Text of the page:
If you are not yet a System student, you will want to:
- Identify the area you want to work on.
- Search for or develop drills that will work in the area you identified in 1.
To clearly know what to work on (Item 1) and gain access to numerous drills that will help you improve that area (Item 2), join us inside The Pickleball System. To find out more and join our next class, visit ThePickleballSystem.com.
What if I am injured – how can I drill?
The answer here is “it depends.” If you are all-over injured, you may not be able to drill until you recover some.
If, however, the injury is to one part of your body, you may (with your medical provider’s permission) be able to do drills that work a different part of your body.
For instance, if the injury to an elbow or shoulder, then do footwork drills. What if the injury is to your leg? Then some stroke drills from a seated position may be the ticket to playing better. Check with your medical provider, but chances are they will want you to stay as active as possible during your recovery.
Your Strategic Mind – Speaking the Language of Pickleball
No matter whether you are on the court or not, you can always work to improve your strategic understanding of pickleball.
Think of it like this. Learning pickleball is like learning a new language – let’s pick Italian. You could learn Italian by traveling to Italy. But even if you are unable to travel to Italy, you can still learn Italian at home. Then, when you get the chance to make it to Italy, you will be able to converse with the locals.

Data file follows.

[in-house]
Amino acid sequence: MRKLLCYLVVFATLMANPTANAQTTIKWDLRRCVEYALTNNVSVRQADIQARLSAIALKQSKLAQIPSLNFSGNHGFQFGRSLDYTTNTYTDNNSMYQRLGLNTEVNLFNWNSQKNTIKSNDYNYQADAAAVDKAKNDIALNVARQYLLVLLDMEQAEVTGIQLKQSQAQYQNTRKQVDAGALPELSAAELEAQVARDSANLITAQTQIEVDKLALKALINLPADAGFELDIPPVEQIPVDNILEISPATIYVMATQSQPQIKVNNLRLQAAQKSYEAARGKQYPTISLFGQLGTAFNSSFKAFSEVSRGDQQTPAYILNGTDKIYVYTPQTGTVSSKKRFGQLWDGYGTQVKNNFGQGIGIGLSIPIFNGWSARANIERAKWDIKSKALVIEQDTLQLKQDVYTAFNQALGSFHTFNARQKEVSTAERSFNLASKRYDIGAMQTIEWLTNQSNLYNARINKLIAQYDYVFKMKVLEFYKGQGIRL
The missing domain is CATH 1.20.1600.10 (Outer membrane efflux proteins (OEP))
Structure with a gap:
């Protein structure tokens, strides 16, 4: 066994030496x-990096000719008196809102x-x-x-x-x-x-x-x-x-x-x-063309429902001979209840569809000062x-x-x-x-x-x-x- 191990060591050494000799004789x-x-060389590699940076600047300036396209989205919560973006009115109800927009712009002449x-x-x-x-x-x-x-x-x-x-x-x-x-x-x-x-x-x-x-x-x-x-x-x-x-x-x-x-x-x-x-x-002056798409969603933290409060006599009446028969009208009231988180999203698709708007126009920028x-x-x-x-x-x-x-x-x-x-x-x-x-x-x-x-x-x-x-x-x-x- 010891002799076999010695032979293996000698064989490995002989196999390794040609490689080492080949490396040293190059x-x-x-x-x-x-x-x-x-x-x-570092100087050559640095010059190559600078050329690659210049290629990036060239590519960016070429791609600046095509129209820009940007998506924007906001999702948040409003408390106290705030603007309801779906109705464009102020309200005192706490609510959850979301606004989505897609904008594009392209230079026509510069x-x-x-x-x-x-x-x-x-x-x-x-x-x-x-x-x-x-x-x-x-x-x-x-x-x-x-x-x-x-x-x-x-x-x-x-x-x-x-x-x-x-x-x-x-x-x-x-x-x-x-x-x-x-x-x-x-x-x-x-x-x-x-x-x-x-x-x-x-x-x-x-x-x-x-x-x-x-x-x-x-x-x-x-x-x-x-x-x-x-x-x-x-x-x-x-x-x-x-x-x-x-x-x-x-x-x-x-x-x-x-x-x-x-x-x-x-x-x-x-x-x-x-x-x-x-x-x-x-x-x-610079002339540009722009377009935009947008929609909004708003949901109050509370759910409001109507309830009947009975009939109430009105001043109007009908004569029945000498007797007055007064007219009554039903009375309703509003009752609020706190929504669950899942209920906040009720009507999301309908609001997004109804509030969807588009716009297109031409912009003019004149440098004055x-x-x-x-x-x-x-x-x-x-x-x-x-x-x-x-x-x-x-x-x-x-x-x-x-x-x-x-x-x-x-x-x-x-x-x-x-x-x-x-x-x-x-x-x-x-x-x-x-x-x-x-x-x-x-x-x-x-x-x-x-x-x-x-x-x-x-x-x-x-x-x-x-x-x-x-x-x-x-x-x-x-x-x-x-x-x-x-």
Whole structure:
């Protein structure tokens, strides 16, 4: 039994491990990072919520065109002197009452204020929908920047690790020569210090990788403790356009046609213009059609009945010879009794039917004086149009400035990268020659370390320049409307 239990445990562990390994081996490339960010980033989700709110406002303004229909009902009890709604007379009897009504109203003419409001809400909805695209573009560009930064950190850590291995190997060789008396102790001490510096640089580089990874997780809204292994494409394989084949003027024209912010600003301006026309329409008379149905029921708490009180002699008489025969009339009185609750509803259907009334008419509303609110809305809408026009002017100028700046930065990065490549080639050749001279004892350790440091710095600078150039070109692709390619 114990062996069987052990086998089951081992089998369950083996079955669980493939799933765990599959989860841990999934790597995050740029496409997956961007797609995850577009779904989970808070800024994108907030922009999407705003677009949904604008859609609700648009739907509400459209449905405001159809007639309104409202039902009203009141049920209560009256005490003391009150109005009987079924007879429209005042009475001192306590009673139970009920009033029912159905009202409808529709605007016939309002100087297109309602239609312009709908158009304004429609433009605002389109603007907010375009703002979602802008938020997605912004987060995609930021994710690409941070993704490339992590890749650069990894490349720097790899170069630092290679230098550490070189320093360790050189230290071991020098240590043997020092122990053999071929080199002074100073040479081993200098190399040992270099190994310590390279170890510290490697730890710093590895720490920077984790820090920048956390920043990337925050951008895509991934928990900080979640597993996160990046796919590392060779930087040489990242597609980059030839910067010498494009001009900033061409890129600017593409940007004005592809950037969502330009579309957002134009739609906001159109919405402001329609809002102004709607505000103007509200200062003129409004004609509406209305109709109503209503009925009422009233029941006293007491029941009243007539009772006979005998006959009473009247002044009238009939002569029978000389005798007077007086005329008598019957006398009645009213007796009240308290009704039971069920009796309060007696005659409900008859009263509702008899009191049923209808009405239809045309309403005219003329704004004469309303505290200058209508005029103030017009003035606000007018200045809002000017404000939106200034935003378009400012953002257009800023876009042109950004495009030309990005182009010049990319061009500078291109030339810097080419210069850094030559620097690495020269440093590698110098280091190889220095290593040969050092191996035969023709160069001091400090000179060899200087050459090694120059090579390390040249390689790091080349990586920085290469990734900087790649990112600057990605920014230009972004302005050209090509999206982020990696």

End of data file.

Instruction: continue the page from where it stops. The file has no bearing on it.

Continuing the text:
The same happens with pickleball. Strategic pillar work means you are learning to speak the language of pickleball. Just as you did not make it to Italy but are still able to learn Italian, you can also learn pickleball language at home. Once you get back on the court, you are already speaking the language – probably better than the others playing there.
How do I improve my strategic mind?
There are a couple of ways you can improve your strategic mind off the court. First, you can study the concepts of pickleball. This is NOT reviewing a bunch of tips videos on YouTube. This is studying the underlying framework of pickleball and your objectives when you are on the court. These are what drive the strategies you will use and the shots you need to make. Most players do this backward. Focusing on the shots first and then the strategies, never stopping to consider the objectives and framework.
This graph may help you conceptualize how you build your strategic mind (learn the language):